Whether you’ve been based in your home office long before COVID-19 restrictions came upon us or you’re brand new to working out of your house, it’s no secret that there are particular mental health challenges that can arise while doing so.

First of all, you’re at home all day. If you don’t live with anyone else, this can mean you’re isolated, and perhaps with little additional stimuli to keep you motivated.

On the other hand, if you do live with a partner or family, it can be even more challenging to set firm boundaries, focus with children in the house, a list of chores to accomplish, and the feeling that you might just want to hang out on the couch for a few more hours.

Whether this is a temporary or permanent shift is yet to be seen (though remote work is undoubtedly going to become even more popular as the years go on) it’s important to learn how to stay mentally healthy while getting your job done. Here, Dr. Nicole LePera, a psychologist based in California, shared with me a few ideas for how to do just that.

Break up your workday

Dr. LePera says that one of the biggest challenges she faces while working from her own home office is the monotony of the day.

“Some common challenges when working from home during COVID is the lack of stimulation and connection to people you used to see regularly,” she says, noting that we are likewise working in places that are also regarded as areas to relax. This can become a bit confusing, so it’s great to try to break up the schedule.

“One of the best tips for working from home that I've discovered is breaking up the work day with movement. This can be a quick burst of movement (like jumping jacks, or lifting kettle bells) or some lower impact movement like a walk,” she says.

Stay connected

Likewise, Dr. LePera notes that the isolation factor may be difficult for people who are working alone.

Remember to keep up with friends and family, even if that can only be done through a Zoom or FaceTime call. Text someone you care about, and when restrictions are lifted in your area, try to make plans as regularly as you feel comfortable.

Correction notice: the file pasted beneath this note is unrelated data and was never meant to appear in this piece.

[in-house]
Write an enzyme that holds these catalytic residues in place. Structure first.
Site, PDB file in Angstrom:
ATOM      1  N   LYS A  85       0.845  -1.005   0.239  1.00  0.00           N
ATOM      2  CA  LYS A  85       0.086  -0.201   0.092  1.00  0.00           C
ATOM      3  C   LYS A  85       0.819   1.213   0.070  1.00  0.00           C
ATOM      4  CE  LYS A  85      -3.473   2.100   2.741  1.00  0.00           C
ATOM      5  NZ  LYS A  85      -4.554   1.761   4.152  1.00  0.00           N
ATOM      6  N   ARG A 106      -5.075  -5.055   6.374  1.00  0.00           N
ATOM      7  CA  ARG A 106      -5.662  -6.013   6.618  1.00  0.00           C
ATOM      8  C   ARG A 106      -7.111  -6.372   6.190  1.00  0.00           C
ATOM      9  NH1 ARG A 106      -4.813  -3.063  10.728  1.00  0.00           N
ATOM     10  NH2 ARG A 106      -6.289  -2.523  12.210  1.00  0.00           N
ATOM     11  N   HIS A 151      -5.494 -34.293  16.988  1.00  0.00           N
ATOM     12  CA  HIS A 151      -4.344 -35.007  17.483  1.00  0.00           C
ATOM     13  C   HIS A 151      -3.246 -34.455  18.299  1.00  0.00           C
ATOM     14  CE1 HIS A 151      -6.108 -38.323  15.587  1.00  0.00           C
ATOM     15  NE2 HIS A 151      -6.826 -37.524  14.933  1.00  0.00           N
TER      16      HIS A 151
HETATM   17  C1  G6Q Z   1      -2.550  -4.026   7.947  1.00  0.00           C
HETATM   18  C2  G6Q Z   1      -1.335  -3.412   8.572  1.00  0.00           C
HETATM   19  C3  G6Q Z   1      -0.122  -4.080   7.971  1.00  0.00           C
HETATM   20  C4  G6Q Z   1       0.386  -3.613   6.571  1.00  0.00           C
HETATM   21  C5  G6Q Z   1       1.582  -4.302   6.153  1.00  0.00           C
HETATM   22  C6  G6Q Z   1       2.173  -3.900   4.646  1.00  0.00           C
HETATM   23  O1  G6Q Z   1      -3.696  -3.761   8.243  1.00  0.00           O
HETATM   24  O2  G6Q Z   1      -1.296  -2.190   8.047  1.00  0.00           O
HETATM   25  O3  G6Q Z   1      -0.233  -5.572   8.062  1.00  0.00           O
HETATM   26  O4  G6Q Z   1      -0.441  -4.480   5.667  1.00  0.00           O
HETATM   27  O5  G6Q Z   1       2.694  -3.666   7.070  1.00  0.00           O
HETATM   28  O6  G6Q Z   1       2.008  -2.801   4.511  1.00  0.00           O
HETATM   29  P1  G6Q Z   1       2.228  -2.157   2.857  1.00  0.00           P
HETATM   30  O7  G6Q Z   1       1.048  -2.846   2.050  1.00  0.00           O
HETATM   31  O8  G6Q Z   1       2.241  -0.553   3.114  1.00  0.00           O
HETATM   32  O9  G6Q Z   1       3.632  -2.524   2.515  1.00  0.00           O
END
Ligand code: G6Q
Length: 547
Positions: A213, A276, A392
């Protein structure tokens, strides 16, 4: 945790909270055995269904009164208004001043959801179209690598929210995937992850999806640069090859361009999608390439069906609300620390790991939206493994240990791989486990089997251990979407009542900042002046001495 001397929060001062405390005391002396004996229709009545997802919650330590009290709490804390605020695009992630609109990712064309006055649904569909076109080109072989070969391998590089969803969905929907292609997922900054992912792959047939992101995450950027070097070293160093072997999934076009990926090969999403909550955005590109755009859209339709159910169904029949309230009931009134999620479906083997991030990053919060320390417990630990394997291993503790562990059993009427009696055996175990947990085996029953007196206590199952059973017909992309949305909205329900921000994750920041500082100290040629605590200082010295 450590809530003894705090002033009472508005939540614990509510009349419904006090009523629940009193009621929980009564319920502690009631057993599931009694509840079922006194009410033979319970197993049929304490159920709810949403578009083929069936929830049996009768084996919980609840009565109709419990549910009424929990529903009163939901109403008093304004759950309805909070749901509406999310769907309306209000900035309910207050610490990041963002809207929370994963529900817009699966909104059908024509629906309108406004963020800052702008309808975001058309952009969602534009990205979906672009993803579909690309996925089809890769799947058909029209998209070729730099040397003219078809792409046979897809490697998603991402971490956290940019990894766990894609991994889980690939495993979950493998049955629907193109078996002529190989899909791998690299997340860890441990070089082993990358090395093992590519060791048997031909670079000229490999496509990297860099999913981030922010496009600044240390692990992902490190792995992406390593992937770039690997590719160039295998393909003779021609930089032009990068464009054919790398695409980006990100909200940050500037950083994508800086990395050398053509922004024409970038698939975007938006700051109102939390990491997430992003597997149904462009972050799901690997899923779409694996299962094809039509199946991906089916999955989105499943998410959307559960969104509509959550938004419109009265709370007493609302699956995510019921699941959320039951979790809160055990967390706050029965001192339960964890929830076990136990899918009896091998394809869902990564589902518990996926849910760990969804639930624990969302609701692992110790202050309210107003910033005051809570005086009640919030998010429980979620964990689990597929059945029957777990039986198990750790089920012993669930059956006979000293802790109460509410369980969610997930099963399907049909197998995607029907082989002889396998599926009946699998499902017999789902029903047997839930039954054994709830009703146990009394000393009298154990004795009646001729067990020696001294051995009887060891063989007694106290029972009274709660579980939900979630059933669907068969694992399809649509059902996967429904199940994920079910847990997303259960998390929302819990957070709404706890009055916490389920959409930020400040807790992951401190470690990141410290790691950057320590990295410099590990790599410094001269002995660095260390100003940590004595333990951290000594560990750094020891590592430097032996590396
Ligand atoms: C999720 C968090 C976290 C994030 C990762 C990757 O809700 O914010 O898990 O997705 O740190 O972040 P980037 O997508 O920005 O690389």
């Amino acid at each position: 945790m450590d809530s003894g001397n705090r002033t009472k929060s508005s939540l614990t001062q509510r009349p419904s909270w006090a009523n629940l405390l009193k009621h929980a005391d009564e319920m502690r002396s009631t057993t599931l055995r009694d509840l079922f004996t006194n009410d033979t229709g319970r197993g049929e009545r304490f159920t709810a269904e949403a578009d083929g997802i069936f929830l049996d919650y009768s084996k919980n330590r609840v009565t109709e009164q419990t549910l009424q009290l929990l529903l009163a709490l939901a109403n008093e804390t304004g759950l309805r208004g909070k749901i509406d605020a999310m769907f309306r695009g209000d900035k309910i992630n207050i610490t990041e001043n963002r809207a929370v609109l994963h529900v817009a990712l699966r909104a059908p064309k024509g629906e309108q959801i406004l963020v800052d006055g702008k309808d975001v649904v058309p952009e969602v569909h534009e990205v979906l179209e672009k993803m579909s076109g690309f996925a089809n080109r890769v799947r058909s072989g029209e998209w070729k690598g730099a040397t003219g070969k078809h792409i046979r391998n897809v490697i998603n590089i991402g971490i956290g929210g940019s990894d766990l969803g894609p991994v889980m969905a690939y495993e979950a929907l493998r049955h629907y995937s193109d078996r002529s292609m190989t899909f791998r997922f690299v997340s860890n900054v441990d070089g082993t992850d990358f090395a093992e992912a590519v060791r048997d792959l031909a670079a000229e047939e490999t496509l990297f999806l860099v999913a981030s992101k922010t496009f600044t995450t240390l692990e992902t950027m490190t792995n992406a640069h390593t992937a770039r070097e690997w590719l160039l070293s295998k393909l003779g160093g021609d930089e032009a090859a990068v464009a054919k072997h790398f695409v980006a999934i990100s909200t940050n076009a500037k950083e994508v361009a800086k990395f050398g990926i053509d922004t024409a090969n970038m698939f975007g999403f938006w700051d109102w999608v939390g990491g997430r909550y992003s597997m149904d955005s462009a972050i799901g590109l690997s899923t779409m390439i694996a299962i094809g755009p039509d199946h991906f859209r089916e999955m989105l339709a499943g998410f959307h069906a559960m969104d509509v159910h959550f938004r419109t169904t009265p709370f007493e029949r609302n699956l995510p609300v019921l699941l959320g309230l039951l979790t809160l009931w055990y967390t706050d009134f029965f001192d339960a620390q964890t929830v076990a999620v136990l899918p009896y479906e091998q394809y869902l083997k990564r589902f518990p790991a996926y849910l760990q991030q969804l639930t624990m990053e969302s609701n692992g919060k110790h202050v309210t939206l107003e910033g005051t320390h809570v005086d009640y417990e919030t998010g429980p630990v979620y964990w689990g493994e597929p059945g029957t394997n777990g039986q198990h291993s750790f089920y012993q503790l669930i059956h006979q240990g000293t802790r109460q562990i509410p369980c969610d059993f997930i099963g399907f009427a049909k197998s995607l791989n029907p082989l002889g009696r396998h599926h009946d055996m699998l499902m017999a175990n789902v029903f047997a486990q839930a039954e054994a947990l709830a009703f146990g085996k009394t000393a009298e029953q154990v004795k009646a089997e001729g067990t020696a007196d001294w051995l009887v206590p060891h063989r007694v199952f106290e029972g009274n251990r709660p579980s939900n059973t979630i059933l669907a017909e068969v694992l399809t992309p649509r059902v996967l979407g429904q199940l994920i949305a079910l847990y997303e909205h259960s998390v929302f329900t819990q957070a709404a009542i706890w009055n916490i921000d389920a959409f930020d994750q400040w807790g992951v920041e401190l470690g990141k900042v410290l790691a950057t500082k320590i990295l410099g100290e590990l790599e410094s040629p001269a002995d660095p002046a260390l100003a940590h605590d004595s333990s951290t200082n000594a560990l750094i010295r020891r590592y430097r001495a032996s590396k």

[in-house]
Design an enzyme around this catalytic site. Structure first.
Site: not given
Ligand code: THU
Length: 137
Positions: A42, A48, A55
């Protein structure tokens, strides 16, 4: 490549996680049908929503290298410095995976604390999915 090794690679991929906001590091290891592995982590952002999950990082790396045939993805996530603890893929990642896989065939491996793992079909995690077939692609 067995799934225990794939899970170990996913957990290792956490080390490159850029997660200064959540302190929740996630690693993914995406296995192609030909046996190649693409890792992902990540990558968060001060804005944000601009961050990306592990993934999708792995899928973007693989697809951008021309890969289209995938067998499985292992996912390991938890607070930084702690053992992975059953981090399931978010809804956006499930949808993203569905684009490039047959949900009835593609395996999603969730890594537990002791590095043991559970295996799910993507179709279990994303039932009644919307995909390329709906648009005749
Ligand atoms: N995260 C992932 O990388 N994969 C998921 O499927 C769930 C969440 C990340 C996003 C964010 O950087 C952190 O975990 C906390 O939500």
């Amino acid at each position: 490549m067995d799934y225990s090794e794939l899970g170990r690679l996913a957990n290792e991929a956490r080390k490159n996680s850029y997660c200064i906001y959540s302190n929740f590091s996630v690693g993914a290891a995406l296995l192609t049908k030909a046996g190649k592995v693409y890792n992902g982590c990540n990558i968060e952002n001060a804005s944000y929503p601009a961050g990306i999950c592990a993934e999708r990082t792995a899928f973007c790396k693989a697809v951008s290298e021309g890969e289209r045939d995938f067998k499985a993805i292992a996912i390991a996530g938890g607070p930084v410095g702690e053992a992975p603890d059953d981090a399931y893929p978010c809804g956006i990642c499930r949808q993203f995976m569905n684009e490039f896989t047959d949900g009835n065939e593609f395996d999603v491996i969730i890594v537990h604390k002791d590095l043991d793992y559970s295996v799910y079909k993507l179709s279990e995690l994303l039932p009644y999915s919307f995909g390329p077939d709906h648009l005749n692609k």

Connection is key, and it can be challenging when you don’t leave your home for long stretches of time.

Get a routine and stick to it

Routine is essential, and it’s even more important when structure is missing.

Sticking to a routine does not mean that you have to abide by the old standard 9-5 office hours, and only take downtime in the evening.

It simply means that you have a system for waking up on time, getting ready, feeling confident, and getting your work done in a timely manner.

When you do this regularly enough, it will feel more natural over time, and you won’t have to think about it so much.

This doesn’t mean that you can’t take gaps of time to do things that are decidedly non-work related, it just means that you’re ensuring your most important tasks of the day are always getting done — and you’re keeping up with yourself in the process.

Incorporate wellness activities into your day

One of the biggest perks of working from home is that you get to do things you might not be able to if you’re in an office all day.

“I've been doing 20 minute walks around my neighborhood while listening to music,” Dr. LePera says. “This moves the energy in the body and allow us to to have a shift in consciousness.”

She continues: “Another way to experience new energy in the body is to pause from work, find a comfortable place to sit, and then do deep belly breaths. This involves taking one deep breath in and then focus on the exhale. You'll notice your shoulders will relax, and your body will feel lighter.”

No matter what you do, remember that working from home is yet another “new normal” to get used to — and the sooner you adapt to what makes you most productive, healthy, and mentally well, the better.

Source: forbes.com